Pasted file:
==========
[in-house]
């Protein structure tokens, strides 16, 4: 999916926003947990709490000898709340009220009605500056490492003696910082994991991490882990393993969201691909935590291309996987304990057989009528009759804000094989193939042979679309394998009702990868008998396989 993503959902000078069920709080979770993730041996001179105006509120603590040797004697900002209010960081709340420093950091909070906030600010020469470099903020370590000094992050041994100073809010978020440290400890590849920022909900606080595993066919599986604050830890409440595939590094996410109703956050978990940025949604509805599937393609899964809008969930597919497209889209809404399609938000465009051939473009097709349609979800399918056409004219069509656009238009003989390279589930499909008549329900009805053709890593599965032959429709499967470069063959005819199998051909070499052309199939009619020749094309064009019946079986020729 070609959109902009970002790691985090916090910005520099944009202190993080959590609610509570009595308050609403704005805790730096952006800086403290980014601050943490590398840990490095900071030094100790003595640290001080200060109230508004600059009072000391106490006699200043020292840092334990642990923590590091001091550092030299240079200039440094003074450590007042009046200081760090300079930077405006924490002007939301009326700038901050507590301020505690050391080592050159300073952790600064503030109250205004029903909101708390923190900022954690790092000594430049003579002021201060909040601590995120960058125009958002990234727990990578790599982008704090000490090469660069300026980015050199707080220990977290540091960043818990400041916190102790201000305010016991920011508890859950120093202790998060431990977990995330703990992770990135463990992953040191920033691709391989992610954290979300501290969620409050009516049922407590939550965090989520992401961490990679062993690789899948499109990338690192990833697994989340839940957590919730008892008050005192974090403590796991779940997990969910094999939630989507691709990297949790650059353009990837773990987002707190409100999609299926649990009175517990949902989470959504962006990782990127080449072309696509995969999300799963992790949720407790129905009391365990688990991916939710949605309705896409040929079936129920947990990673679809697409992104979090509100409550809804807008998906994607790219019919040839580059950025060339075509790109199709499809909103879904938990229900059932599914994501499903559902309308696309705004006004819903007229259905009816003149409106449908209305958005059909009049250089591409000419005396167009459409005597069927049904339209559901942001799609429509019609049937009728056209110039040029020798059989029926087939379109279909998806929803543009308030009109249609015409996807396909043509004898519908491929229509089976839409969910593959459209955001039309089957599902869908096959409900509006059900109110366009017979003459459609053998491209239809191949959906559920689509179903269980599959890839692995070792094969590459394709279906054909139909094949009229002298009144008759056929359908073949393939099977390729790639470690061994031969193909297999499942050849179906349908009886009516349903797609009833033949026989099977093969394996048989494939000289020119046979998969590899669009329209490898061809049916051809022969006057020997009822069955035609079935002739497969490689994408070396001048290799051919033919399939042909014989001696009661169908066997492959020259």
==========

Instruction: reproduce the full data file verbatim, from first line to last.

[in-house]
């Protein structure tokens, strides 16, 4: 999916926003947990709490000898709340009220009605500056490492003696910082994991991490882990393993969201691909935590291309996987304990057989009528009759804000094989193939042979679309394998009702990868008998396989 993503959902000078069920709080979770993730041996001179105006509120603590040797004697900002209010960081709340420093950091909070906030600010020469470099903020370590000094992050041994100073809010978020440290400890590849920022909900606080595993066919599986604050830890409440595939590094996410109703956050978990940025949604509805599937393609899964809008969930597919497209889209809404399609938000465009051939473009097709349609979800399918056409004219069509656009238009003989390279589930499909008549329900009805053709890593599965032959429709499967470069063959005819199998051909070499052309199939009619020749094309064009019946079986020729 070609959109902009970002790691985090916090910005520099944009202190993080959590609610509570009595308050609403704005805790730096952006800086403290980014601050943490590398840990490095900071030094100790003595640290001080200060109230508004600059009072000391106490006699200043020292840092334990642990923590590091001091550092030299240079200039440094003074450590007042009046200081760090300079930077405006924490002007939301009326700038901050507590301020505690050391080592050159300073952790600064503030109250205004029903909101708390923190900022954690790092000594430049003579002021201060909040601590995120960058125009958002990234727990990578790599982008704090000490090469660069300026980015050199707080220990977290540091960043818990400041916190102790201000305010016991920011508890859950120093202790998060431990977990995330703990992770990135463990992953040191920033691709391989992610954290979300501290969620409050009516049922407590939550965090989520992401961490990679062993690789899948499109990338690192990833697994989340839940957590919730008892008050005192974090403590796991779940997990969910094999939630989507691709990297949790650059353009990837773990987002707190409100999609299926649990009175517990949902989470959504962006990782990127080449072309696509995969999300799963992790949720407790129905009391365990688990991916939710949605309705896409040929079936129920947990990673679809697409992104979090509100409550809804807008998906994607790219019919040839580059950025060339075509790109199709499809909103879904938990229900059932599914994501499903559902309308696309705004006004819903007229259905009816003149409106449908209305958005059909009049250089591409000419005396167009459409005597069927049904339209559901942001799609429509019609049937009728056209110039040029020798059989029926087939379109279909998806929803543009308030009109249609015409996807396909043509004898519908491929229509089976839409969910593959459209955001039309089957599902869908096959409900509006059900109110366009017979003459459609053998491209239809191949959906559920689509179903269980599959890839692995070792094969590459394709279906054909139909094949009229002298009144008759056929359908073949393939099977390729790639470690061994031969193909297999499942050849179906349908009886009516349903797609009833033949026989099977093969394996048989494939000289020119046979998969590899669009329209490898061809049916051809022969006057020997009822069955035609079935002739497969490689994408070396001048290799051919033919399939042909014989001696009661169908066997492959020259």